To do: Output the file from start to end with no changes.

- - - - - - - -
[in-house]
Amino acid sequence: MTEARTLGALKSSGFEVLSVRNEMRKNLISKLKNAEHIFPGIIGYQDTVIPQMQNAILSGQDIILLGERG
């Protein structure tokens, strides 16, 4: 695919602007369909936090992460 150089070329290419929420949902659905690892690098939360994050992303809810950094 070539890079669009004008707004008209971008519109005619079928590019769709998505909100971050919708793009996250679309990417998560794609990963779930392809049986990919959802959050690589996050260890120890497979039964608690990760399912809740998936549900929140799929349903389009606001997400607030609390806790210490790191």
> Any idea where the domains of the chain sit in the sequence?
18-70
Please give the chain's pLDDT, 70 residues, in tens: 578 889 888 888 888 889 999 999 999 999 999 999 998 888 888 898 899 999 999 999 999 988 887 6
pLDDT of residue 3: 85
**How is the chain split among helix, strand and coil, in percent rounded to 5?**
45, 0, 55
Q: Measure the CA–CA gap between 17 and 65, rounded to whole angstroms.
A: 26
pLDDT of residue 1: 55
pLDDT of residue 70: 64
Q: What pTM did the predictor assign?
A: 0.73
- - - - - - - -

[in-house]
Amino acid sequence: MTEARTLGALKSSGFEVLSVRNEMRKNLISKLKNAEHIFPGIIGYQDTVIPQMQNAILSGQDIILLGERG
């Protein structure tokens, strides 16, 4: 695919602007369909936090992460 150089070329290419929420949902659905690892690098939360994050992303809810950094 070539890079669009004008707004008209971008519109005619079928590019769709998505909100971050919708793009996250679309990417998560794609990963779930392809049986990919959802959050690589996050260890120890497979039964608690990760399912809740998936549900929140799929349903389009606001997400607030609390806790210490790191």
> Any idea where the domains of the chain sit in the sequence?
18-70
Please give the chain's pLDDT, 70 residues, in tens: 578 889 888 888 888 889 999 999 999 999 999 999 998 888 888 898 899 999 999 999 999 988 887 6
pLDDT of residue 3: 85
**How is the chain split among helix, strand and coil, in percent rounded to 5?**
45, 0, 55
Q: Measure the CA–CA gap between 17 and 65, rounded to whole angstroms.
A: 26
pLDDT of residue 1: 55
pLDDT of residue 70: 64
Q: What pTM did the predictor assign?
A: 0.73